tl;dr - The Transport Layer Security (TLS) protocol facilitates privacy and data integrity between two communicating endpoints.
In today’s highly-connected world, users and web applications alike want secure communications. After all, when you visit your bank’s website and check out your massive account balance, you want to make sure that interaction is done securely where no one else can see it. No one blames you. Transport Layer Security (TLS) is a protocol that provides privacy and data integrity between two communicating applications. This protocol defines the exact methods, actions, etc that each communicating device must use to achieve secure communications.
As you can imagine, if 10 different people sat down to figure out a way to get a computer browser and a web server to securely communicate with one another, 10 different methods would probably be presented. Instead of having all different ways to securely communicate, a group came together and developed a protocol (a standardized way of doing things) that specifically outlined exactly how a computer browser and a web server would do this secure communication thing. It doesn’t matter what computer browser you use and it doesn’t matter what software is running your web server…everyone follows the same set of rules.
This protocol actually started out back in 1994 when Netscape developed what was known as the Secure Sockets Layer (SSL) version 1.0. SSLv1 never saw the light of day because it had so many significant security problems. Ironic, right? One short year later (1995), Netscape released SSLv2 and it stayed in place for one year. That’s when the Internet Engineering Task Force (IETF) took over and developed SSLv3 because SSLv2 was also filled with security problems. SSLv3 stayed in place for 3 years, and then in 1999, the IETF released the next version…called Transport Layer Security version 1.0 (TLS 1.0). TLSv1.0 presented a much more secure protocol than its SSL predecessors, and version 1.0 stayed around for a long 7 years until IETF developed TLSv1.1 in 2006. TLSv1.1 showed improvements over TLSv1.0 but the IETF developed yet another version (TLSv1.2) in 2008. TLSv1.2 is still the latest and greatest version of TLS today. The IETF is working on the next version (TLSv1.3), and it isn’t fully accessible today. The chart below shows a quick timeline of the SSL/TLS versions and their release dates:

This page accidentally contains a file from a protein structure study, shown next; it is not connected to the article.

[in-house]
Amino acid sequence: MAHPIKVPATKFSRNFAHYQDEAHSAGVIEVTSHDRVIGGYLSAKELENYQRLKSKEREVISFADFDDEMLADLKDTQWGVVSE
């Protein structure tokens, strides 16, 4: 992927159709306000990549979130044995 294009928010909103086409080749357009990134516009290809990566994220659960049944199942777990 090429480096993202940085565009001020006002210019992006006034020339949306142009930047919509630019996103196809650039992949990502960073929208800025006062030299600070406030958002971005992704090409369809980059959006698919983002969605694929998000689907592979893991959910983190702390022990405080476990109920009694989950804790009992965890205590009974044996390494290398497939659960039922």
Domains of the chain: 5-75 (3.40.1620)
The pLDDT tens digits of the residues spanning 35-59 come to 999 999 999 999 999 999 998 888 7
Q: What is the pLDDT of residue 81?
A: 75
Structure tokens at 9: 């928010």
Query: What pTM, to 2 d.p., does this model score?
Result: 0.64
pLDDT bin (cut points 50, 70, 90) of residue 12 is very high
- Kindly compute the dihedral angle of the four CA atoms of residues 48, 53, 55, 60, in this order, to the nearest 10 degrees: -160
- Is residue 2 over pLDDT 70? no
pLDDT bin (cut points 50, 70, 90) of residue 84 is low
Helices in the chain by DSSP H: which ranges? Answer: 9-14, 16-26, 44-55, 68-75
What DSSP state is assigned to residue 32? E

Generally speaking, the TLS protocol outlines the way that a computer browser and a web server need to communicate with one another in a secure way. That is, if you want to achieve secure communications on the Internet, you need to follow these guidelines. The TLS protocol consists of two basic layers (with many additional detailed parts):
The TLS Record Protocol
The TLS Handshake Protocol
The purpose of the Record Protocol is to ensure the connection between the browser and the web server is private (no one else can see/read what you are sending back and forth) and the connection is reliable (the data you send is actually going to arrive at its intended location).
The purpose of the Handshake Protocol is to allow the browser and the web server to authenticate each other (you are who you say you are) and negotiate the exact type of encryption that will be used to encrypt everything (key exchange mechanism, bulk encryption).
So, any time you visit a website with HTTPS:// at the beginning of the URL (like this article), you can rest assured that your browser and the web server have completed a very sophisticated set of transactions to make sure your visit to the website will be private and secure.